CONCEPTS IN BIOLOGY
PART VI. PHYSIOLOGICAL PROCESSES
27. Human Reproduction, Sex, and Sexuality
27.2. The Sexuality Spectrum
Although we tend to think of our species as being clearly divided into two genders, male and female, sexuality really is a spectrum that includes anatomical and behavioral components. Both anatomy and behavior are the result of a complex interplay between genetic and developmental processes that are influenced by environmental factors.
Hermaphrodites are organisms that have both ovaries and testes in the same body. This condition is extremely rare in humans. However, incidences of partial development of the genitalia (sex organs) of both sexes in one individual may be more frequent than most people realize. About 1% of births show some level of ambiguity related to sexual anatomy. These people are referred to as intersexual because their sexual anatomy is not clearly male or female. Sometimes, this abnormal development occurs because the hormone levels are out of balance at critical times in the development of the embryo. This hormonal imbalance also may be related to an abnormal number of sex-determining chromosomes, or it may be the result of abnormal functioning of the endocrine glands.
When children with abnormal combinations of sex organs are born, they are usually assessed by a physician in consultation with the parents to determine which sexual structures should be retained or surgically reconstructed. The physician might also decide that hormone therapy might be a more successful treatment. These decisions are not made easily because they involve children who have not fully developed their sexual nature. An increasingly vocal group advocates that children who are diagnosed with this condition not be surgically “corrected” as infants, recommending that, if the parents can cope with the unusual genitalia, they allow the child to grow older without having the surgery. They believe that people should choose for themselves once they are more mature. However, few long-term studies have examined whether delaying reconstructive surgery presents fewer social and psychological adjustment issues than performing reconstructive surgery in children.
A person’s gender is his or her sexual identity based on anatomy. However, a person also has a psychological gender. More and more frequently, we are becoming aware of individuals whose physical gender does not match their psychological gender. These individuals are often referred to as transgender persons. A male with normal male sex organs may “feel” like a female. The same situation may occur with structurally female individuals. Because some of these individuals might dress as a member of the opposite sex, they are sometimes called cross-dressers or transvestites. Some of these individuals may dress as the other sex in private but dress and behave in public appropriate to their anatomical sex. Others completely change their public and private behaviors to reflect their inner desire to function as the other sex. A male may dress as a female, work in a traditionally female occupation, and make social contacts as a female. Tremendous psychological and emotional pressures develop from this condition. Frequently, many of these individuals choose to undergo gender reassignment surgery—a sex-change operation. Their goal is to interact with society without being detected as having been a different gender at one time. This surgery and the follow-up hormonal treatment can cost tens of thousands of dollars and take several years.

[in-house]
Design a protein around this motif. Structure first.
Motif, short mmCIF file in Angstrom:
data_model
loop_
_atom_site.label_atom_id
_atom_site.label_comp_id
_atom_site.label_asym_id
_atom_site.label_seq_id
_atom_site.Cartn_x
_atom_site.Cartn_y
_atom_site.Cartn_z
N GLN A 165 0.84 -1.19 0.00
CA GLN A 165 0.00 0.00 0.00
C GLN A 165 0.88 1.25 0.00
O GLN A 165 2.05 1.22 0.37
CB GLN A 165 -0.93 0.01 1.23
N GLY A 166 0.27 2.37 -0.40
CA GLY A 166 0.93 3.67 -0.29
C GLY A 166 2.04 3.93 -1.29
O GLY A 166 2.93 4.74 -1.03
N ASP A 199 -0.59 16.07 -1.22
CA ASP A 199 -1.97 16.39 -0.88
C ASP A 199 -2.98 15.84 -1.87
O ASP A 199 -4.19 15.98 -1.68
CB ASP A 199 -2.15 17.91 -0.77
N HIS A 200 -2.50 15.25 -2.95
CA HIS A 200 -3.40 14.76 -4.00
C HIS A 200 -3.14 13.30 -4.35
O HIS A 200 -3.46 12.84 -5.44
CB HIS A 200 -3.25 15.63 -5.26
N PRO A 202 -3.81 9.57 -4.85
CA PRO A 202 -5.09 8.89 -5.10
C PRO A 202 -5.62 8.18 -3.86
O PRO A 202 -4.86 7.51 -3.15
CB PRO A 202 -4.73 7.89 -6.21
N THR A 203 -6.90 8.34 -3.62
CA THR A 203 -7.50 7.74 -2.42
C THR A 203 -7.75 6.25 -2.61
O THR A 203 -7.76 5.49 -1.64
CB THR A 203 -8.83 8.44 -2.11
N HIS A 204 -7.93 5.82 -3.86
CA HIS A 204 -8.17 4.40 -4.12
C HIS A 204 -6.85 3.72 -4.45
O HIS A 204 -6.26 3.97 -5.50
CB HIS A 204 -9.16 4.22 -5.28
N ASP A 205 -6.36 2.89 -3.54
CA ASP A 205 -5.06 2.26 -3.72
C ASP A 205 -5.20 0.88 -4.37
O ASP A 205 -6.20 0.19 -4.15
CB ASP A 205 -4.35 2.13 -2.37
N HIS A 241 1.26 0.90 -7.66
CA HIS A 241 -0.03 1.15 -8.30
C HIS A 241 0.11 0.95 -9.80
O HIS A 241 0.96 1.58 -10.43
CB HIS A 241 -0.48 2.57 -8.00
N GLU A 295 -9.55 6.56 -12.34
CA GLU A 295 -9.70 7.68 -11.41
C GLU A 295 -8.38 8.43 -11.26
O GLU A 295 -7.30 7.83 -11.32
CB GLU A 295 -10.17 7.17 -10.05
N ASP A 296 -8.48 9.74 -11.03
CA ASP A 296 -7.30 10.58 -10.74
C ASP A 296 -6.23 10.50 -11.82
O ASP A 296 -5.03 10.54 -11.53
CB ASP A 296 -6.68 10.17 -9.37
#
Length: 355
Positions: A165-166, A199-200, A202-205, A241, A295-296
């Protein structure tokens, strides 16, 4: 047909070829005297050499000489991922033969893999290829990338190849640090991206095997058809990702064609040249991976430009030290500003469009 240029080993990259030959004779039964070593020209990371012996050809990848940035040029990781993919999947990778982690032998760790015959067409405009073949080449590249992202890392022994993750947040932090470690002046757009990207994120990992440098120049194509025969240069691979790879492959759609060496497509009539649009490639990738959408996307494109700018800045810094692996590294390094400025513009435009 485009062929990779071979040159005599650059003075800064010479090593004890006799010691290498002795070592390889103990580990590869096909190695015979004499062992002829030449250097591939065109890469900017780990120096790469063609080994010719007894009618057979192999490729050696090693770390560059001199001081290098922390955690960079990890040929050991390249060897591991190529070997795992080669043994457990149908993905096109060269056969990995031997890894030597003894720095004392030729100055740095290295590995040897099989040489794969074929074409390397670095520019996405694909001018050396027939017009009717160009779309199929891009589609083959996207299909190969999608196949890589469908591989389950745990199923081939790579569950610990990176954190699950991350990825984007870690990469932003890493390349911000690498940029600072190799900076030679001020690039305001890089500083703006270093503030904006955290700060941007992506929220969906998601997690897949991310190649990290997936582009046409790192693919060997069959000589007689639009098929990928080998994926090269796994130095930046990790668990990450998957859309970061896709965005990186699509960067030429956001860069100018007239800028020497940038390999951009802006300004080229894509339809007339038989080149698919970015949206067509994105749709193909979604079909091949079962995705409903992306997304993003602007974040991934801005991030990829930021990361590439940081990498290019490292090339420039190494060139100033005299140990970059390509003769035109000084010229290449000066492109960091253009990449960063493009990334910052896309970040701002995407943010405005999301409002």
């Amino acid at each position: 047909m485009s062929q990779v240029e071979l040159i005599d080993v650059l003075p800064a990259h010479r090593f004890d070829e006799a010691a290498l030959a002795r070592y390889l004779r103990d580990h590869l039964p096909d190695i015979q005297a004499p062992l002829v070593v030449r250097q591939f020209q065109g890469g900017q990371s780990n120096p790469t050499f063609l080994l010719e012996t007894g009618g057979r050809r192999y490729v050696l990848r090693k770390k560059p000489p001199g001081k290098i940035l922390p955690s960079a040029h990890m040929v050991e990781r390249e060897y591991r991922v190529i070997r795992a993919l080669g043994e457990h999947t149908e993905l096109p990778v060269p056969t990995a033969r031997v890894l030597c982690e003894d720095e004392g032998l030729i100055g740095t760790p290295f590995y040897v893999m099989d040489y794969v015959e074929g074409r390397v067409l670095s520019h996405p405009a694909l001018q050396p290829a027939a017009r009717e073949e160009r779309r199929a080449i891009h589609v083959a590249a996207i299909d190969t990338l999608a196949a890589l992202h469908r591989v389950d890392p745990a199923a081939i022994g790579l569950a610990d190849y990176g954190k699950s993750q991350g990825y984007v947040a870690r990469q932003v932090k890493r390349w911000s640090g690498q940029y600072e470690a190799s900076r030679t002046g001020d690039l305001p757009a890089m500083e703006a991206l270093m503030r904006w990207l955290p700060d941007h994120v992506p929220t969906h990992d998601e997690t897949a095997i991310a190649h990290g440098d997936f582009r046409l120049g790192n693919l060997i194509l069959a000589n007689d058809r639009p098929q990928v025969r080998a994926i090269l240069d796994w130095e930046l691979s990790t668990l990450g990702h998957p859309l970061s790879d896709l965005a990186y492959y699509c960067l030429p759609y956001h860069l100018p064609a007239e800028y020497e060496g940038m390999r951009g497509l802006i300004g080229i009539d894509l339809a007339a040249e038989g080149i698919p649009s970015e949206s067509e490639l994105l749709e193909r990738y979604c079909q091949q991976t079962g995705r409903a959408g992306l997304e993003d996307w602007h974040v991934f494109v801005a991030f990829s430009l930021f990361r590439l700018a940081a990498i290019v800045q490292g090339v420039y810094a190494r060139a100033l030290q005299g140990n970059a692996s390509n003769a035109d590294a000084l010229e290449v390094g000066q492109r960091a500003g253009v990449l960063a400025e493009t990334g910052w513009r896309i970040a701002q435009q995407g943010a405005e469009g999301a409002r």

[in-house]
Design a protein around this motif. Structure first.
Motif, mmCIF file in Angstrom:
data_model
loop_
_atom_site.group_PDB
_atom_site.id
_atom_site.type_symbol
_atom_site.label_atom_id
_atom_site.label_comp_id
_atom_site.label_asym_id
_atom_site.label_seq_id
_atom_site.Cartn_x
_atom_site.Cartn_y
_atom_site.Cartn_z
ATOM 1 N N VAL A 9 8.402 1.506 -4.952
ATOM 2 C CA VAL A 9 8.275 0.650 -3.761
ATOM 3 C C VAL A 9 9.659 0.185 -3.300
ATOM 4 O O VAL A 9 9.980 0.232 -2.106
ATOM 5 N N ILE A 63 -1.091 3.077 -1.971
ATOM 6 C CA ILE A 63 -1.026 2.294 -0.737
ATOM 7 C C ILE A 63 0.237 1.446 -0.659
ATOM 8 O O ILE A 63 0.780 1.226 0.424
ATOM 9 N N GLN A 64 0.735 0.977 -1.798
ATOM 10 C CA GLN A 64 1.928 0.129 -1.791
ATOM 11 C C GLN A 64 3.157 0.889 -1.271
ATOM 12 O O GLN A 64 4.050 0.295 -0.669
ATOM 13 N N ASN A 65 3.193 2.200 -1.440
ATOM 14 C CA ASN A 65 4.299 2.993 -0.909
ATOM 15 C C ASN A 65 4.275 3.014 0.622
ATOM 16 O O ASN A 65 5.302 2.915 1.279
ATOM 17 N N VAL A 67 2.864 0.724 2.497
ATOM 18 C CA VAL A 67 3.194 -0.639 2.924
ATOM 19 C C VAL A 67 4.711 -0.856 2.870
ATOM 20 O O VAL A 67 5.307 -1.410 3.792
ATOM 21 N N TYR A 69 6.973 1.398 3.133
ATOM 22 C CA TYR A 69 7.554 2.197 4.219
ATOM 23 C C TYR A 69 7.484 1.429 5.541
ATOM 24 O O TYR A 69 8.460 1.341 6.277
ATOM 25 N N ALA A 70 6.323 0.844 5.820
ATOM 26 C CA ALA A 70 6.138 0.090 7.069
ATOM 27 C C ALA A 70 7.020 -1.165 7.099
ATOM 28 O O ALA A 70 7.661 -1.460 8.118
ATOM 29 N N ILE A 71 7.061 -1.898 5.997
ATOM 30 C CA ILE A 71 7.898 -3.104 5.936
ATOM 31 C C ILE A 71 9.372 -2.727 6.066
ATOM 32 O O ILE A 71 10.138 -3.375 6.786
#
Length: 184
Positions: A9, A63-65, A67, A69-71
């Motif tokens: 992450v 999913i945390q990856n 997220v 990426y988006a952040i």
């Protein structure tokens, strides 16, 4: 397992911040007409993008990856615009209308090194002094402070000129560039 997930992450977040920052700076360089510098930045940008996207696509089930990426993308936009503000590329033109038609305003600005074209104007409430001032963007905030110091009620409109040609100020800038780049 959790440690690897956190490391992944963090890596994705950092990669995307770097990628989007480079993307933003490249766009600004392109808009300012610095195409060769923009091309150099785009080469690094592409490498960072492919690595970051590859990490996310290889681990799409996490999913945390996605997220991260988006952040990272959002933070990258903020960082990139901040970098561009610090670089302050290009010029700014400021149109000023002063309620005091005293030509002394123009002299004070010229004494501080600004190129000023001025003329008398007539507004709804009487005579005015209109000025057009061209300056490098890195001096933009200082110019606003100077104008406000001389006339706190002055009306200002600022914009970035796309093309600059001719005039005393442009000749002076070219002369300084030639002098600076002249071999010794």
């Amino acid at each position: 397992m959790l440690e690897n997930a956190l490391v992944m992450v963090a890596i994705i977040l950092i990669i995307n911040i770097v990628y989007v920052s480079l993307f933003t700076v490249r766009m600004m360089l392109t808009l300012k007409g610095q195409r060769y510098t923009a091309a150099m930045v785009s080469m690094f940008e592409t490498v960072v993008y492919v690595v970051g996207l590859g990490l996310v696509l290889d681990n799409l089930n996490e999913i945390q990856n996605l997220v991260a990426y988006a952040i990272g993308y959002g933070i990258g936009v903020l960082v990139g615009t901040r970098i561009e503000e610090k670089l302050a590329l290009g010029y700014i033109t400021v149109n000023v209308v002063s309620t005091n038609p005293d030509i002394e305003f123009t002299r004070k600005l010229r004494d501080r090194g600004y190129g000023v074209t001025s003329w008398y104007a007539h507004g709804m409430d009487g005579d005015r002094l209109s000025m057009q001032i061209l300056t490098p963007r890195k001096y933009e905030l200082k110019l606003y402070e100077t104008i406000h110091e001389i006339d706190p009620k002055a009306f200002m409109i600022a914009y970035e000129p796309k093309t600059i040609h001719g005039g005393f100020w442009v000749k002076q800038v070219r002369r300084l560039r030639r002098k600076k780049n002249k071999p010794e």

Homosexuality is a condition in which a person desires romantic and sexual relationships with members of their own sex. However, it is a complex behavioral pattern with many degrees of expression. Some individuals are exclusively homosexual, while others can be considered bisexual because they form sexual relationships with either males or females. Some are transgender individuals while others clearly accept their biological sex but prefer relationships with others of the same sex. However, it is becoming clear that sexual orientation in most cases is not a simple choice or a learned behavior. There appear to be differences in brain function and genetic makeup that are important. For example, certain studies suggest that genetic regions on chromosomes 7, 8, and 10 may influence homosexuality. Some regions on chromosome 7 and 8 have been linked with male sexual orientation, regardless of whether the male receives the chromosomes from his mother or father. The regions on chromosome 10 appear to be linked with male sexual orientation only if they were inherited from the mother.
Sexuality ranges from strongly heterosexual to strongly homosexual. Human sexual orientation is a complex trait, and evidence suggests that there is no one gene that determines where a person falls on the sexuality spectrum. It is most likely a combination of various genes acting together and interacting with environmental factors (figure 27.2).
FIGURE 27.2. The Sexuality Spectrum
A person’s sexuality involves both anatomical and psychological components. This figure shows how behavioral and physical sexual characteristics interrelate. At the ends of the behavioral spectrum, individuals can be strongly heterosexual or strongly homosexual, or (in the center) they might be bisexual, attracted to both sexes. On the anatomical spectrum they may be clearly anatomically male or female or be intersexual.
27.2. CONCEPT REVIEW
3. What does the term intersexual mean? How does it differ from the term transgender?
4. How is homosexuality different from transgender behavior?